CHINA: Scientists in China who studied nose and throat swabs from 18 patients infected with the new coronavirus (COVID-19) say it behaves much more like influenza than other closely related viruses, suggesting it may spread even more easily than previously believed.
In at least one case, the virus was present even though the patient had no symptoms, confirming concerns that asymptomatic patients could also spread the disease.
As quoted by Reuters on the New England Journal of Medicine, new evidence that COVID-19, which has killed more than 2,000 people mostly in China, is not like its closely-related coronavirus cousins.
Unlike Severe Acute Respiratory Syndrome (SARS), which causes infections deep in the lower respiratory tract that can result in pneumonia, COVID-19 appears to inhabit both the upper and lower respiratory tracts. That would make it not only capable of causing severe pneumonia, but of spreading easily like flu or the common cold.
Researchers in Guangdong province monitored the amount of coronavirus in the 18 patients. One of them, who had moderate levels of the virus in their nose and throat, never had any disease symptoms. Among the 17 symptomatic patients, the team found levels of the virus increased soon after symptoms first appeared, with higher amounts of virus present in the nose than in the throats, a pattern more similar to influenza than SARS.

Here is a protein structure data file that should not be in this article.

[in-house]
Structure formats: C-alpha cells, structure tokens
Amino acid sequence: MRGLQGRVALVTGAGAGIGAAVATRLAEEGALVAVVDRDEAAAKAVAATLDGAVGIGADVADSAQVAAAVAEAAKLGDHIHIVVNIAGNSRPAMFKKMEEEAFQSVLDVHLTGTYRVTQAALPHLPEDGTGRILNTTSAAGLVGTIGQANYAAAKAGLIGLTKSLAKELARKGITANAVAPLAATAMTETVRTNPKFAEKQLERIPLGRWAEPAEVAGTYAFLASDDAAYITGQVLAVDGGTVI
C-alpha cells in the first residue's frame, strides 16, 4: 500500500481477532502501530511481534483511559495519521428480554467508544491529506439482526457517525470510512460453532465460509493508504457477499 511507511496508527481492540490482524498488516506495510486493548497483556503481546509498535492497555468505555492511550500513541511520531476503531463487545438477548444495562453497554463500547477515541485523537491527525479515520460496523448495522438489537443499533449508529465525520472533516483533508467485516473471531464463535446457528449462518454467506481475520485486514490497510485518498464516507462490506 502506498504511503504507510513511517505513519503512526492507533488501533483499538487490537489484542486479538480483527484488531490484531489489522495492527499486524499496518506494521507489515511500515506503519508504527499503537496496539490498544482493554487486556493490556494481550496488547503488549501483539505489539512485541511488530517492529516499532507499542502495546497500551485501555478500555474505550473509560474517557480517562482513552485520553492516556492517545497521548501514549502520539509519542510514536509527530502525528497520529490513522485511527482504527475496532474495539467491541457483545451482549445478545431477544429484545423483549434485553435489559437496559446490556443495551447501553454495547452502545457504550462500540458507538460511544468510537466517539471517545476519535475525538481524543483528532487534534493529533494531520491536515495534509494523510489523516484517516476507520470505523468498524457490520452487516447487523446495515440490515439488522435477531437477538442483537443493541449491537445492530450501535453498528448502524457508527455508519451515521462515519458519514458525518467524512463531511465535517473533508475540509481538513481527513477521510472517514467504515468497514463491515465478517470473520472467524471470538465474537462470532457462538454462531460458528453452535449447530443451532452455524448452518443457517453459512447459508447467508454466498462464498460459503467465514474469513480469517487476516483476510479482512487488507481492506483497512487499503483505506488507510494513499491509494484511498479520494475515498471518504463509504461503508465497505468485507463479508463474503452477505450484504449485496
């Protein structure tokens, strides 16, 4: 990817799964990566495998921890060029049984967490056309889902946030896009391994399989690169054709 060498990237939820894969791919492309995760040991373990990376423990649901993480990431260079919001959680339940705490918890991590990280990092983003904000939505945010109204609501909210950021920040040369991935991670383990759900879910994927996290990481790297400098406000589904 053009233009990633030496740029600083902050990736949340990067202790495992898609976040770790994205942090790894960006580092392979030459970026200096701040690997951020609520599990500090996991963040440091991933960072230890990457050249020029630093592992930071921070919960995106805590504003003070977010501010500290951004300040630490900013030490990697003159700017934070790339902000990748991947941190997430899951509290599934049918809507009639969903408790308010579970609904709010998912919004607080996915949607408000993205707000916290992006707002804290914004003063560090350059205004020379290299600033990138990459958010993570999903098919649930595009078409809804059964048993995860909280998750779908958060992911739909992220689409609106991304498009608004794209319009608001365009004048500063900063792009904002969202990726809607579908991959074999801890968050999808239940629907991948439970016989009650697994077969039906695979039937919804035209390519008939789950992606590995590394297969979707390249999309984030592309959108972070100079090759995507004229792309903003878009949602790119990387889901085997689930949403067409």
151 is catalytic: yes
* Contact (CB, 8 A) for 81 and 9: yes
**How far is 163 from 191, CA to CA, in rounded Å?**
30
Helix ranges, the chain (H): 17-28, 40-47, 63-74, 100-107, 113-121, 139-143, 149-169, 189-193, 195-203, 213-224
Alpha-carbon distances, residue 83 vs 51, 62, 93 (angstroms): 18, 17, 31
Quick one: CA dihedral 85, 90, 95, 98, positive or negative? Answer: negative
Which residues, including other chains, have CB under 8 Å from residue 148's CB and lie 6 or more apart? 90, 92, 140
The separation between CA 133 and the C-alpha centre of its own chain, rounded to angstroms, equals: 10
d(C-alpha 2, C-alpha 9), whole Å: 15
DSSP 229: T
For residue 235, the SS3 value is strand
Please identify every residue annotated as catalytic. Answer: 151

The researchers said their findings add to reports that the virus can be transmitted early in the course of the infection, and suggest that controlling the virus will require an approach different from what worked with SARS, which primarily involved controlling its spread in a hospital setting.